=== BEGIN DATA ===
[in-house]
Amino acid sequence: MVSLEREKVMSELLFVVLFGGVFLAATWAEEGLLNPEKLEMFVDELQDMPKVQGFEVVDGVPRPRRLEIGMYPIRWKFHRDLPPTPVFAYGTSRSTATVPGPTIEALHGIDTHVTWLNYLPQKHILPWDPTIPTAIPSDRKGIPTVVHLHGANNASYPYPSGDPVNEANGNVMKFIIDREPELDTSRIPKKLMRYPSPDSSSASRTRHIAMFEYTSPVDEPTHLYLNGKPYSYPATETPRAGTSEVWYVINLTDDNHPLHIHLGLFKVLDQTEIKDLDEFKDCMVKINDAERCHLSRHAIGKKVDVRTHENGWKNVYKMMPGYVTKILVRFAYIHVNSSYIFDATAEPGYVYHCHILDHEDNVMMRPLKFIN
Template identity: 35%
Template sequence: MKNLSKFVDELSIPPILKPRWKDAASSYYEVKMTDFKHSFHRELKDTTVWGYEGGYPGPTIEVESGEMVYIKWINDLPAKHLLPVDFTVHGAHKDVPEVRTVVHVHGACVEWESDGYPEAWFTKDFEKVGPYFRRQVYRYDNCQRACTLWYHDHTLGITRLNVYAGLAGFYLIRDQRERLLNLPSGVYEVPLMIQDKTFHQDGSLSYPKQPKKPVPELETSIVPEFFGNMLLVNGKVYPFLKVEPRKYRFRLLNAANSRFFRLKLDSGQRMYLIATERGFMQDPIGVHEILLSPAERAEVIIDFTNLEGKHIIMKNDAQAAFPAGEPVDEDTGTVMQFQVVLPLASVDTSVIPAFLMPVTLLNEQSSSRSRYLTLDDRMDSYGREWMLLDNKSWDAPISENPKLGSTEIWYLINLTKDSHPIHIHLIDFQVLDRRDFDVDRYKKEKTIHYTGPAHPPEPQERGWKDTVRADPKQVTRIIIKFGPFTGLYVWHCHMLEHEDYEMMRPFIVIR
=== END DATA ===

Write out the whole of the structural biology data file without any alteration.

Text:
[in-house]
Amino acid sequence: MVSLEREKVMSELLFVVLFGGVFLAATWAEEGLLNPEKLEMFVDELQDMPKVQGFEVVDGVPRPRRLEIGMYPIRWKFHRDLPPTPVFAYGTSRSTATVPGPTIEALHGIDTHVTWLNYLPQKHILPWDPTIPTAIPSDRKGIPTVVHLHGANNASYPYPSGDPVNEANGNVMKFIIDREPELDTSRIPKKLMRYPSPDSSSASRTRHIAMFEYTSPVDEPTHLYLNGKPYSYPATETPRAGTSEVWYVINLTDDNHPLHIHLGLFKVLDQTEIKDLDEFKDCMVKINDAERCHLSRHAIGKKVDVRTHENGWKNVYKMMPGYVTKILVRFAYIHVNSSYIFDATAEPGYVYHCHILDHEDNVMMRPLKFIN
Template identity: 35%
Template sequence: MKNLSKFVDELSIPPILKPRWKDAASSYYEVKMTDFKHSFHRELKDTTVWGYEGGYPGPTIEVESGEMVYIKWINDLPAKHLLPVDFTVHGAHKDVPEVRTVVHVHGACVEWESDGYPEAWFTKDFEKVGPYFRRQVYRYDNCQRACTLWYHDHTLGITRLNVYAGLAGFYLIRDQRERLLNLPSGVYEVPLMIQDKTFHQDGSLSYPKQPKKPVPELETSIVPEFFGNMLLVNGKVYPFLKVEPRKYRFRLLNAANSRFFRLKLDSGQRMYLIATERGFMQDPIGVHEILLSPAERAEVIIDFTNLEGKHIIMKNDAQAAFPAGEPVDEDTGTVMQFQVVLPLASVDTSVIPAFLMPVTLLNEQSSSRSRYLTLDDRMDSYGREWMLLDNKSWDAPISENPKLGSTEIWYLINLTKDSHPIHIHLIDFQVLDRRDFDVDRYKKEKTIHYTGPAHPPEPQERGWKDTVRADPKQVTRIIIKFGPFTGLYVWHCHMLEHEDYEMMRPFIVIR